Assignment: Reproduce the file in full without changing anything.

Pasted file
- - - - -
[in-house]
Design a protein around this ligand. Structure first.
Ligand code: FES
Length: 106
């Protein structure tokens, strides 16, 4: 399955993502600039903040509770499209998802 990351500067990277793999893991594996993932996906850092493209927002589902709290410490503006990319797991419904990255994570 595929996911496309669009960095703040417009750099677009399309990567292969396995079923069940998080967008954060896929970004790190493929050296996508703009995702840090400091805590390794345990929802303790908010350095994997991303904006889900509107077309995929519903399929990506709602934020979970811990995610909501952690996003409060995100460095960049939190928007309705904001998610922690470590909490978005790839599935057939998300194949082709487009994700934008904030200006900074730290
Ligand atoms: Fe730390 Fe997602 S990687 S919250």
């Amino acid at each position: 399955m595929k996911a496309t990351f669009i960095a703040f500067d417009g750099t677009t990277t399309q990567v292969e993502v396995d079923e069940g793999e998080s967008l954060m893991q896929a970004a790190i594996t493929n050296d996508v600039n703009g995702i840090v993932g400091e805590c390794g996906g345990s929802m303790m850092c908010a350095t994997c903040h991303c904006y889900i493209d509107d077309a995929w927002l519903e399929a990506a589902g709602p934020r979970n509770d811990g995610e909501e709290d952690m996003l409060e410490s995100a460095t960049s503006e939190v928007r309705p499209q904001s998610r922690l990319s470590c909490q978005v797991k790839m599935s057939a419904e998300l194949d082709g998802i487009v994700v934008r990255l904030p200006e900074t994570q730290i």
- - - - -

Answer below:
[in-house]
Design a protein around this ligand. Structure first.
Ligand code: FES
Length: 106
């Protein structure tokens, strides 16, 4: 399955993502600039903040509770499209998802 990351500067990277793999893991594996993932996906850092493209927002589902709290410490503006990319797991419904990255994570 595929996911496309669009960095703040417009750099677009399309990567292969396995079923069940998080967008954060896929970004790190493929050296996508703009995702840090400091805590390794345990929802303790908010350095994997991303904006889900509107077309995929519903399929990506709602934020979970811990995610909501952690996003409060995100460095960049939190928007309705904001998610922690470590909490978005790839599935057939998300194949082709487009994700934008904030200006900074730290
Ligand atoms: Fe730390 Fe997602 S990687 S919250």
């Amino acid at each position: 399955m595929k996911a496309t990351f669009i960095a703040f500067d417009g750099t677009t990277t399309q990567v292969e993502v396995d079923e069940g793999e998080s967008l954060m893991q896929a970004a790190i594996t493929n050296d996508v600039n703009g995702i840090v993932g400091e805590c390794g996906g345990s929802m303790m850092c908010a350095t994997c903040h991303c904006y889900i493209d509107d077309a995929w927002l519903e399929a990506a589902g709602p934020r979970n509770d811990g995610e909501e709290d952690m996003l409060e410490s995100a460095t960049s503006e939190v928007r309705p499209q904001s998610r922690l990319s470590c909490q978005v797991k790839m599935s057939a419904e998300l194949d082709g998802i487009v994700v934008r990255l904030p200006e900074t994570q730290i």